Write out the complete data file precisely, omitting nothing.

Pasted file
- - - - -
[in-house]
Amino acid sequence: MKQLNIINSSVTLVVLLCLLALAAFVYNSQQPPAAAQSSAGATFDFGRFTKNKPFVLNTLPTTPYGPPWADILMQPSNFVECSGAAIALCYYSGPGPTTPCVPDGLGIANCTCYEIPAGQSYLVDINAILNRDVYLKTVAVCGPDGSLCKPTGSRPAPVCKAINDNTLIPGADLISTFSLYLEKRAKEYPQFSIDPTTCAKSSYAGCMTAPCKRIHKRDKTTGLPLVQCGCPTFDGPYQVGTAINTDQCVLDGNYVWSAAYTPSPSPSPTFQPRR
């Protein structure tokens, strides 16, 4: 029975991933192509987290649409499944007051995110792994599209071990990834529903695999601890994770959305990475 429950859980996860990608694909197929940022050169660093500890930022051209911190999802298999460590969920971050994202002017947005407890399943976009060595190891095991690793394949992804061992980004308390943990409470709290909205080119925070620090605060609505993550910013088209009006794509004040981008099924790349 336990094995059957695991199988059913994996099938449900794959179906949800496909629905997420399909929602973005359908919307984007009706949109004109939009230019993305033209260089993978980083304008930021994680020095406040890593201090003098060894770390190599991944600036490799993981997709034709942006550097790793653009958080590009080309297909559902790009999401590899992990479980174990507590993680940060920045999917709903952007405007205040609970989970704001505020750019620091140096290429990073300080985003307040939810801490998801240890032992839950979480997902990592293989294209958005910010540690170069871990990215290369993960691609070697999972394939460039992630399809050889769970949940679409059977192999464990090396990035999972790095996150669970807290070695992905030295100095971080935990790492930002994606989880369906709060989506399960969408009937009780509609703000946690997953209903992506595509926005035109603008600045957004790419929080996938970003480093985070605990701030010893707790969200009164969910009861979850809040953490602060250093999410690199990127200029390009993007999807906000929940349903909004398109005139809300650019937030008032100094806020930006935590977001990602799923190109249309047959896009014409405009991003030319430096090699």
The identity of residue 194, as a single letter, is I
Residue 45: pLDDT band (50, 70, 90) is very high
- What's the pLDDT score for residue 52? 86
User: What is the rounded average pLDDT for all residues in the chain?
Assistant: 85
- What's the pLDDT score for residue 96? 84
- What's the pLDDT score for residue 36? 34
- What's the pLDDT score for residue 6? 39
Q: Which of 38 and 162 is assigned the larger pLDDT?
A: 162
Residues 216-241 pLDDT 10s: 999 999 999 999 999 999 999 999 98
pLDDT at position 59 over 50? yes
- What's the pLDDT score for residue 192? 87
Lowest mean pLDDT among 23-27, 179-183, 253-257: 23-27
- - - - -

[in-house]
Amino acid sequence: MKQLNIINSSVTLVVLLCLLALAAFVYNSQQPPAAAQSSAGATFDFGRFTKNKPFVLNTLPTTPYGPPWADILMQPSNFVECSGAAIALCYYSGPGPTTPCVPDGLGIANCTCYEIPAGQSYLVDINAILNRDVYLKTVAVCGPDGSLCKPTGSRPAPVCKAINDNTLIPGADLISTFSLYLEKRAKEYPQFSIDPTTCAKSSYAGCMTAPCKRIHKRDKTTGLPLVQCGCPTFDGPYQVGTAINTDQCVLDGNYVWSAAYTPSPSPSPTFQPRR
């Protein structure tokens, strides 16, 4: 029975991933192509987290649409499944007051995110792994599209071990990834529903695999601890994770959305990475 429950859980996860990608694909197929940022050169660093500890930022051209911190999802298999460590969920971050994202002017947005407890399943976009060595190891095991690793394949992804061992980004308390943990409470709290909205080119925070620090605060609505993550910013088209009006794509004040981008099924790349 336990094995059957695991199988059913994996099938449900794959179906949800496909629905997420399909929602973005359908919307984007009706949109004109939009230019993305033209260089993978980083304008930021994680020095406040890593201090003098060894770390190599991944600036490799993981997709034709942006550097790793653009958080590009080309297909559902790009999401590899992990479980174990507590993680940060920045999917709903952007405007205040609970989970704001505020750019620091140096290429990073300080985003307040939810801490998801240890032992839950979480997902990592293989294209958005910010540690170069871990990215290369993960691609070697999972394939460039992630399809050889769970949940679409059977192999464990090396990035999972790095996150669970807290070695992905030295100095971080935990790492930002994606989880369906709060989506399960969408009937009780509609703000946690997953209903992506595509926005035109603008600045957004790419929080996938970003480093985070605990701030010893707790969200009164969910009861979850809040953490602060250093999410690199990127200029390009993007999807906000929940349903909004398109005139809300650019937030008032100094806020930006935590977001990602799923190109249309047959896009014409405009991003030319430096090699």
The identity of residue 194, as a single letter, is I
Residue 45: pLDDT band (50, 70, 90) is very high
- What's the pLDDT score for residue 52? 86
User: What is the rounded average pLDDT for all residues in the chain?
Assistant: 85
- What's the pLDDT score for residue 96? 84
- What's the pLDDT score for residue 36? 34
- What's the pLDDT score for residue 6? 39
Q: Which of 38 and 162 is assigned the larger pLDDT?
A: 162
Residues 216-241 pLDDT 10s: 999 999 999 999 999 999 999 999 98
pLDDT at position 59 over 50? yes
- What's the pLDDT score for residue 192? 87
Lowest mean pLDDT among 23-27, 179-183, 253-257: 23-27